The fuel rods must be kept submerged in water. Why? Outside of the water bath, the radioactivity in the used rods can cause them to become so hot they begin to catch fire. These fires can burn so hot the radioactive rod contents are carried into the atmosphere as vaporized material or as very small particles. Reactor no 3 burns MOX fuel that contains a mix of plutonium and uranium. Plutonium generates more heat than uranium, which means these rods have the greatest risk of burning. That’s bad news, because plutonium scattered into the atmosphere is even more dangerous that the combustion products of rods without plutonium.

      Chernobyl on steroids. When the nuclear engineer from an identical plant states there’s any possibility of such a catastrophe, Washington, we have a problem. Chernobyl’s contamination settled upon people and nations thousands of miles from that reactor’s location. How far would “Chernobyl on steroids” travel? And where are the up to 20 years of reactor no 1 spent fuel rods that could cause such a problem, and the spent fuel rods held – until the building exploded – in the spent fuel rod pool atop reactor no 3?

      Along with the rest of the planet, Washington’s looking at the risk of a potential catastrophe. At least when it comes to finding the fuel rods from reactor 1, Washington possesses some unique assets. One asset – the secretive National Reconassiance Office – runs the spy satellites remote sensing devices that enable US national security to spy on planet Earth. The NRO’s slightly less secretive cousin over at the the Pentagon is the Defense Intelligence Agency. The DIA, in turn, controls MASINT “measures and signatures technologies”.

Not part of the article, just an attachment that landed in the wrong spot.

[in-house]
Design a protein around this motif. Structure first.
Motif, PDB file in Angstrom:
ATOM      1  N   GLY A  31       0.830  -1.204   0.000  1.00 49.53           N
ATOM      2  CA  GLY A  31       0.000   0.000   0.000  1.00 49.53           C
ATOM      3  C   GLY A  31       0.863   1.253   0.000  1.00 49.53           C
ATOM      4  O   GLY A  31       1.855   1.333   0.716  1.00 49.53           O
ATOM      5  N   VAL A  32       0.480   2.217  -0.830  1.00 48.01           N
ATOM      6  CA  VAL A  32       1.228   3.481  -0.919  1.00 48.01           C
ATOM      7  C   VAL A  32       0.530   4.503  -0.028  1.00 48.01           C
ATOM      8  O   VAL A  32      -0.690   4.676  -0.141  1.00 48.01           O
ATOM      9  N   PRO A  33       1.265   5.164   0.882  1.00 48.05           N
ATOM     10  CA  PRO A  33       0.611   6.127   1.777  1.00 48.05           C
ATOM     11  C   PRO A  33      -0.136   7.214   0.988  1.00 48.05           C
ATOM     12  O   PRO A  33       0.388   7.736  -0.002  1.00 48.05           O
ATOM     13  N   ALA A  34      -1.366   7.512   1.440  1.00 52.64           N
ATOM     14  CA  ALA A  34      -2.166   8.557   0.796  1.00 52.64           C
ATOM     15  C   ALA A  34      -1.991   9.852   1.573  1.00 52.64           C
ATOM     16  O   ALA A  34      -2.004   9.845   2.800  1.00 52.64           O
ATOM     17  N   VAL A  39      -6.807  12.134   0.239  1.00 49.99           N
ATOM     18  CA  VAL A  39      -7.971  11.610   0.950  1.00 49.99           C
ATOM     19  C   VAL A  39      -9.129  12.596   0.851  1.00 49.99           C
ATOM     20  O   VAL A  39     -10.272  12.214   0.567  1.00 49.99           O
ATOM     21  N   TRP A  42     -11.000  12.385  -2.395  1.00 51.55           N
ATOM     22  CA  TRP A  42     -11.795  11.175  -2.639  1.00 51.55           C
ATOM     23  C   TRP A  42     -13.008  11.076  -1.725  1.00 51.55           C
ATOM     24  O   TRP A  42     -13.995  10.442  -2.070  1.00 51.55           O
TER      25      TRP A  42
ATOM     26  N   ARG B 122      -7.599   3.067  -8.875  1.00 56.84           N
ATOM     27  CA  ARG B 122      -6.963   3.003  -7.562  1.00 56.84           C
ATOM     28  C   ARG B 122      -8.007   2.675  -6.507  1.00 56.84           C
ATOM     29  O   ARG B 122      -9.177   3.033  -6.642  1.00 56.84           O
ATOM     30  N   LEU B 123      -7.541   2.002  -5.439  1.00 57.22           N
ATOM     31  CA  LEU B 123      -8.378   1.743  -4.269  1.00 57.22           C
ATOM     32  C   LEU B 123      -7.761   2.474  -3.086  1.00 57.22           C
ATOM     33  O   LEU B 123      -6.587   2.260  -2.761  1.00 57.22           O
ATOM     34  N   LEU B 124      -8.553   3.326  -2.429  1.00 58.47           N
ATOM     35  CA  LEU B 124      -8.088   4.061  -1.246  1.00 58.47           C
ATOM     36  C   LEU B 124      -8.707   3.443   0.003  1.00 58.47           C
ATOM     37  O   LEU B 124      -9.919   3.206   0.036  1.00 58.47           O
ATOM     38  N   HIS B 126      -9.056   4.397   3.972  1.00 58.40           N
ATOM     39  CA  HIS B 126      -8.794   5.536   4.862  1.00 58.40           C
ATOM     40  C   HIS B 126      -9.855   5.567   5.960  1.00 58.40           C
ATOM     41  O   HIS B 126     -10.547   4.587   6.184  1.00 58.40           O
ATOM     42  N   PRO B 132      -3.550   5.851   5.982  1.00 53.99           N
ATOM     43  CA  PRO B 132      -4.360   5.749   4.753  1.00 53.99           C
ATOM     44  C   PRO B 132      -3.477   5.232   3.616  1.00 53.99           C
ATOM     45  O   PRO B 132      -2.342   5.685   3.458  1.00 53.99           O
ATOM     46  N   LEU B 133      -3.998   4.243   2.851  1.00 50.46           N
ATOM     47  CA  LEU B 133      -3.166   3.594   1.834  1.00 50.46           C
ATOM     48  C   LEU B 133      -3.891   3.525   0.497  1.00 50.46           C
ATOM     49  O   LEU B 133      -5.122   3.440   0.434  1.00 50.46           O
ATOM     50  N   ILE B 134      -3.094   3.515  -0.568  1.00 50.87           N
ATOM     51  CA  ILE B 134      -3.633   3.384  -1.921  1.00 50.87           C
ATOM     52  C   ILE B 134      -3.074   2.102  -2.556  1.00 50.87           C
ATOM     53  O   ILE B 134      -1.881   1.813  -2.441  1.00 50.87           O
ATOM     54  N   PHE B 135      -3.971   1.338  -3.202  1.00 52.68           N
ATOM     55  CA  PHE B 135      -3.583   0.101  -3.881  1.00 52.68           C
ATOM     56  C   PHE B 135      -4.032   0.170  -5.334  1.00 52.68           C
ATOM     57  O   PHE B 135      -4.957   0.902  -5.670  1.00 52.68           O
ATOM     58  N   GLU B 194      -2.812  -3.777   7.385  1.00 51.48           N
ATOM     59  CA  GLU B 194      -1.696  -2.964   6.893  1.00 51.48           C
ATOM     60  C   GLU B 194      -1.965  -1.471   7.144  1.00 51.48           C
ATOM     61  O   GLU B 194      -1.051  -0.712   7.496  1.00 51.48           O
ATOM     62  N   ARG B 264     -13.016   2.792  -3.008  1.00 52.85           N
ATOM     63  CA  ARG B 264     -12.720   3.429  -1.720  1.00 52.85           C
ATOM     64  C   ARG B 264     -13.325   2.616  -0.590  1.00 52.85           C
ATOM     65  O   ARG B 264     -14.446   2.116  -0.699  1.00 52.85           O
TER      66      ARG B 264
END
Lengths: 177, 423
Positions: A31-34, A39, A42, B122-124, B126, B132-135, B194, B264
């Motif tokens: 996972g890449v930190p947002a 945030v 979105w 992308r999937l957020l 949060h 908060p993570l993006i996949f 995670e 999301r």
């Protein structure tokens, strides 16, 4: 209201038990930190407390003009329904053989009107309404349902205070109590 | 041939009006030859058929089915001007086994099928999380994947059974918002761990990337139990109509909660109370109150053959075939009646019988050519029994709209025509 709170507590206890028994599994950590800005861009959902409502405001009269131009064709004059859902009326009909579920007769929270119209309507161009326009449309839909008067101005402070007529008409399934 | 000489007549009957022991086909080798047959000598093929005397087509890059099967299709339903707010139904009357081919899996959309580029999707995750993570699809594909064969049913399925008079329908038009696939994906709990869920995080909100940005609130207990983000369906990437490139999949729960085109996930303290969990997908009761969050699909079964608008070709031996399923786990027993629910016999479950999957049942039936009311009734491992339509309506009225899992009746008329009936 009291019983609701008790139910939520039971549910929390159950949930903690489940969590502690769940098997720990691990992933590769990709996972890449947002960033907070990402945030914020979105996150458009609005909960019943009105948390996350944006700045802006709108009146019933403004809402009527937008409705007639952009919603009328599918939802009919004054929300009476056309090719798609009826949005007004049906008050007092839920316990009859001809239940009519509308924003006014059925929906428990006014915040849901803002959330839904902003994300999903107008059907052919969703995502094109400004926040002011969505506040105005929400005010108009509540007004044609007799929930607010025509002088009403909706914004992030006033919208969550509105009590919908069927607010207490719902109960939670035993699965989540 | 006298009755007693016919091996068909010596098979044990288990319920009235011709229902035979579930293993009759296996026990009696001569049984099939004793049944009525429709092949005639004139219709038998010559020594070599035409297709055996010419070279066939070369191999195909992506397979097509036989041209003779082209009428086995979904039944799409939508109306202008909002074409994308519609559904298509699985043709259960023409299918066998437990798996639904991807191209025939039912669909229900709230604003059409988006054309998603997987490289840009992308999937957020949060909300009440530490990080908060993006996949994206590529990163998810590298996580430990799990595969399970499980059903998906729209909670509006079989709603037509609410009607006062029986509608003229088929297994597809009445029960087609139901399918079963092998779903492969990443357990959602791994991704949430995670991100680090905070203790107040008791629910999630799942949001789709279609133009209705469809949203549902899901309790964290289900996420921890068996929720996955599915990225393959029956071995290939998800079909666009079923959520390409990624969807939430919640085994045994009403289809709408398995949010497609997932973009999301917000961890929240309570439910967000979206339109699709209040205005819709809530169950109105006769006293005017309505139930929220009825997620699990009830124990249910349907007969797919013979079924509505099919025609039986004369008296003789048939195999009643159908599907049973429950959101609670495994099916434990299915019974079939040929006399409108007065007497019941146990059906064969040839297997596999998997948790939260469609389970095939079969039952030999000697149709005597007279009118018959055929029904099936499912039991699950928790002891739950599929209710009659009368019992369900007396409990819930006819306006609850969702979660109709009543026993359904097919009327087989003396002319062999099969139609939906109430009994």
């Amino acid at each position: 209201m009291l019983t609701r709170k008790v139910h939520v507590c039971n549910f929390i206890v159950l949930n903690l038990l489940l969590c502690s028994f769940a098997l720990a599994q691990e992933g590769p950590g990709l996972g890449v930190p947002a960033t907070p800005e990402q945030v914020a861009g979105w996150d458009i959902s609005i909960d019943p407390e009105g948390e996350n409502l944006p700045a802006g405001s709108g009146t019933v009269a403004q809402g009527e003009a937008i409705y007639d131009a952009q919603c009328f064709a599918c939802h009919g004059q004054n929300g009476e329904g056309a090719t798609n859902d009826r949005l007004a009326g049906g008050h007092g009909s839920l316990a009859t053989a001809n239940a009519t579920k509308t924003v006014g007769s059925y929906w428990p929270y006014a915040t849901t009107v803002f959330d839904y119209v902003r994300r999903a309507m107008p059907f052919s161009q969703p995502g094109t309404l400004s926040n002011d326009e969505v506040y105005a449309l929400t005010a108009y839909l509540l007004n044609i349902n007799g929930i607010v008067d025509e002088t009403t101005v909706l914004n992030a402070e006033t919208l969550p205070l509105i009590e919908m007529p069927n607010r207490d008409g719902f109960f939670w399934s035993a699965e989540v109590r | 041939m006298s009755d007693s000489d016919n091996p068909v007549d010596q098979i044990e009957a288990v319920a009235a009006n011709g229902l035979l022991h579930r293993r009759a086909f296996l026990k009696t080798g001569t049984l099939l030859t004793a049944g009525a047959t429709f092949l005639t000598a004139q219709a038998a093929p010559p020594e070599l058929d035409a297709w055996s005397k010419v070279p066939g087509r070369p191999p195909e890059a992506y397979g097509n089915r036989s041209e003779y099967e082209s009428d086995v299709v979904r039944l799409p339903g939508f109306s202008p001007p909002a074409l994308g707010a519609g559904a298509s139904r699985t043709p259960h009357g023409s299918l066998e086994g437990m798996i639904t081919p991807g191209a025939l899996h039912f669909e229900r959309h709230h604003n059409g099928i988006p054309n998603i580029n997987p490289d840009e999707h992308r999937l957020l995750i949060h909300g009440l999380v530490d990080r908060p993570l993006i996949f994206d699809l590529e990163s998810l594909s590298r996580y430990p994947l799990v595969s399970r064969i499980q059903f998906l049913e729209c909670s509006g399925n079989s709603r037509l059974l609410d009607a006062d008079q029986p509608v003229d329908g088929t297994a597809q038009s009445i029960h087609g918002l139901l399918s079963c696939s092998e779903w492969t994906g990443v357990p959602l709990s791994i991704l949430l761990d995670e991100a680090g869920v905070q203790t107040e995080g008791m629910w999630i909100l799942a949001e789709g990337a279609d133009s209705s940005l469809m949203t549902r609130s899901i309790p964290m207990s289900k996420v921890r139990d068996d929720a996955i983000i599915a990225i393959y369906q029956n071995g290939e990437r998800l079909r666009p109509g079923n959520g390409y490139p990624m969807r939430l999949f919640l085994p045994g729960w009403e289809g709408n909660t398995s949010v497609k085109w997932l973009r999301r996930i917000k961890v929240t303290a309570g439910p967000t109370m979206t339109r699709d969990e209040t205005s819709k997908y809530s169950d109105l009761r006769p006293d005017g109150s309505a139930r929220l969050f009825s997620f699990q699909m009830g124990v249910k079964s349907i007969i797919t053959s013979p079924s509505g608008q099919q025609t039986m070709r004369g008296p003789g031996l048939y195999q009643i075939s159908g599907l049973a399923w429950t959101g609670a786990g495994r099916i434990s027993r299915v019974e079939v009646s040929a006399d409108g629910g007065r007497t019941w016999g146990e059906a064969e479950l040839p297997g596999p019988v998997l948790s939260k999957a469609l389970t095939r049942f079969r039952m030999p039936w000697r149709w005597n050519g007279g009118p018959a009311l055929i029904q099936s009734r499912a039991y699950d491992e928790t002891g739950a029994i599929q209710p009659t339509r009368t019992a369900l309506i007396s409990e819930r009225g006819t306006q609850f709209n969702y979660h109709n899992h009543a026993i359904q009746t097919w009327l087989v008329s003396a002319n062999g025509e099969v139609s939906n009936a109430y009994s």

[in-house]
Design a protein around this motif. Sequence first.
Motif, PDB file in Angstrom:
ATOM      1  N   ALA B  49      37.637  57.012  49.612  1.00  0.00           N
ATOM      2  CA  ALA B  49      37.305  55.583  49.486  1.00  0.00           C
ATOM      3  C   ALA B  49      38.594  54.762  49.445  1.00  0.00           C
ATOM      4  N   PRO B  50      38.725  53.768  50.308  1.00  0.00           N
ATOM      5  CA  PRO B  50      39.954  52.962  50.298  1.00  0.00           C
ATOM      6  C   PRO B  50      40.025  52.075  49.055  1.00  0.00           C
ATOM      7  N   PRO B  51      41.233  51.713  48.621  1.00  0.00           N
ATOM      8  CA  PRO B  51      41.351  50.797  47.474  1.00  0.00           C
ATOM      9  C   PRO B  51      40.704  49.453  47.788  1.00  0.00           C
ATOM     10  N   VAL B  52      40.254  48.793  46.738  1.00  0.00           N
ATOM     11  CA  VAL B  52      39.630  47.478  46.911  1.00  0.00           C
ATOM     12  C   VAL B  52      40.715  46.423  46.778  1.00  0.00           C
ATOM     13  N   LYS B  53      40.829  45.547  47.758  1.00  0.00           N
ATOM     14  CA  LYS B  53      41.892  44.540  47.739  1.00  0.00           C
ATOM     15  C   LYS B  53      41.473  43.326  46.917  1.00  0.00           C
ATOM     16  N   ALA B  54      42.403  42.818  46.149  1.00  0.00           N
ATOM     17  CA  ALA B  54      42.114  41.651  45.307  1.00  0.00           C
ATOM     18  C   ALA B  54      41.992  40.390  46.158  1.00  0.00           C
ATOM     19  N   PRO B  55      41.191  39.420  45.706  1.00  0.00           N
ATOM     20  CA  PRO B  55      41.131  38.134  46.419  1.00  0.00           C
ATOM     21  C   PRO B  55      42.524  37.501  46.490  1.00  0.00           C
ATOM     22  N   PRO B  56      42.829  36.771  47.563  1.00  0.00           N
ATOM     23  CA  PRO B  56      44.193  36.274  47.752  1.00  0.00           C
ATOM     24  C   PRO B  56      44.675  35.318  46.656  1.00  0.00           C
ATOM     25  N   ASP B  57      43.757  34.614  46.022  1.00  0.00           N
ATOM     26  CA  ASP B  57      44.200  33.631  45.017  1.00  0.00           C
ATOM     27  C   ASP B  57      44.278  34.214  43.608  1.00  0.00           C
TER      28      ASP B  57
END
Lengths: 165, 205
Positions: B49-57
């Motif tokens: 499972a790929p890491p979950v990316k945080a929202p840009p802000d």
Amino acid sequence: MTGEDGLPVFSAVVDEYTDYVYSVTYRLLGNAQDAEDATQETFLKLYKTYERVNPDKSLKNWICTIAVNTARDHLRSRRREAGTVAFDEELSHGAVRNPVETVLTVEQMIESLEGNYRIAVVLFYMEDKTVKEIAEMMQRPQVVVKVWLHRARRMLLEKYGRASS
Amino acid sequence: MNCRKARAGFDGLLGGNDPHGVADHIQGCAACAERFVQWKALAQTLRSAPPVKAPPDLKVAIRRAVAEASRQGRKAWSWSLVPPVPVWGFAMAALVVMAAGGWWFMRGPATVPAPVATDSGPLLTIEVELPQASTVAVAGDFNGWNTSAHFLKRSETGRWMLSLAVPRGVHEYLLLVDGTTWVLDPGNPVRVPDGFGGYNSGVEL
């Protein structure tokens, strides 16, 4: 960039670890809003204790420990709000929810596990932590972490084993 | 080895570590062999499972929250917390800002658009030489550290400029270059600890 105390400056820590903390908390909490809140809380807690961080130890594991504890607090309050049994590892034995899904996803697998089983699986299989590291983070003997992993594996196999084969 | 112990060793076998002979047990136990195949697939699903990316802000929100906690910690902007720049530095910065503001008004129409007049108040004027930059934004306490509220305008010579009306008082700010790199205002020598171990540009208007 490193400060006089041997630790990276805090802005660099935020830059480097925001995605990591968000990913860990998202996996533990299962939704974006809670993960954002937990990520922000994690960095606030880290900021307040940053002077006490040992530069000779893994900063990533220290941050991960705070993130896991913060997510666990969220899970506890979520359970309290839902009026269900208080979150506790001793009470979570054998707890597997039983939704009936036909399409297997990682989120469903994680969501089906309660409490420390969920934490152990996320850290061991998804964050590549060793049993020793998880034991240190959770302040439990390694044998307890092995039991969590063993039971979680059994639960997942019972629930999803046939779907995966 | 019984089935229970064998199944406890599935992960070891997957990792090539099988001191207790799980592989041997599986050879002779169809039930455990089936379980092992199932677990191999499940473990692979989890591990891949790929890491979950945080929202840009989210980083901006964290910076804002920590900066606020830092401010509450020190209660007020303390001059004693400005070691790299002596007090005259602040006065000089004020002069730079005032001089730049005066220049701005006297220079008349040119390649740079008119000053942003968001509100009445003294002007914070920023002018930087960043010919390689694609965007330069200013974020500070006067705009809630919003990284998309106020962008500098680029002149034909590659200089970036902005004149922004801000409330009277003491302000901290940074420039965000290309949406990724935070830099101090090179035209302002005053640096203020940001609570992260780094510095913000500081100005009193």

What is MASINT? FDL’s recent guest Tim Shorrock answered that question a few years ago for CorpWatch:

      MASINT is a highly classified form of intelligence that uses infrared sensors and other technologies to “sniff” the atmosphere for certain chemicals and electro-magnetic activity and “see” beneath bridges and forest canopies. Using its tools, analysts can detect signs that a nuclear power plant is producing plutonium, determine from truck exhaust what types of vehicles are in a convoy, and detect people and weapons hidden from the view of satellites or photoreconnaissance aircraft.

      With assets like the NRO and the DIA’s MASINT capacity, even an Obama administration that couldn’t find out millions of of barrels of Corexit and crude oil would poison the Gulf should be able to help Japan’s Fukushima plant locate their missing fuel rods. And do so before the missing rods – or any of the other pools of fuel rods in Japan’s stricken reactors – ignite Chernobyl on steroids.

      Once Obama and his generals have found the fuel rods, let’s hope they’ll time out from Gridion dinners and collateral damage and let the Americans who pay for all the fancy spy technology know what’s happening. Because now that Americans are hearing CNN’s Dr. Gupta talking about potassium iodide (KI) to prevent radiation toxicity, they’re going to be wondering if they need to take KI. As long as we don’t see massive uncontrolled radiation releases from the stricken reactors, they probably won’t. Should we see Chernobyl on steroids, Americans may need a whole lot more than KI. And until the spent fuel rods are located, there won’t be enough information to let Americans plan how to protect their loved ones. Unless we all learn the fuel rods have caught fire.
      my.firedoglake.com/kirkmurphy/2011/03/14/nuke-engineer-fu...

    4. permiegardener 38 months ago | reply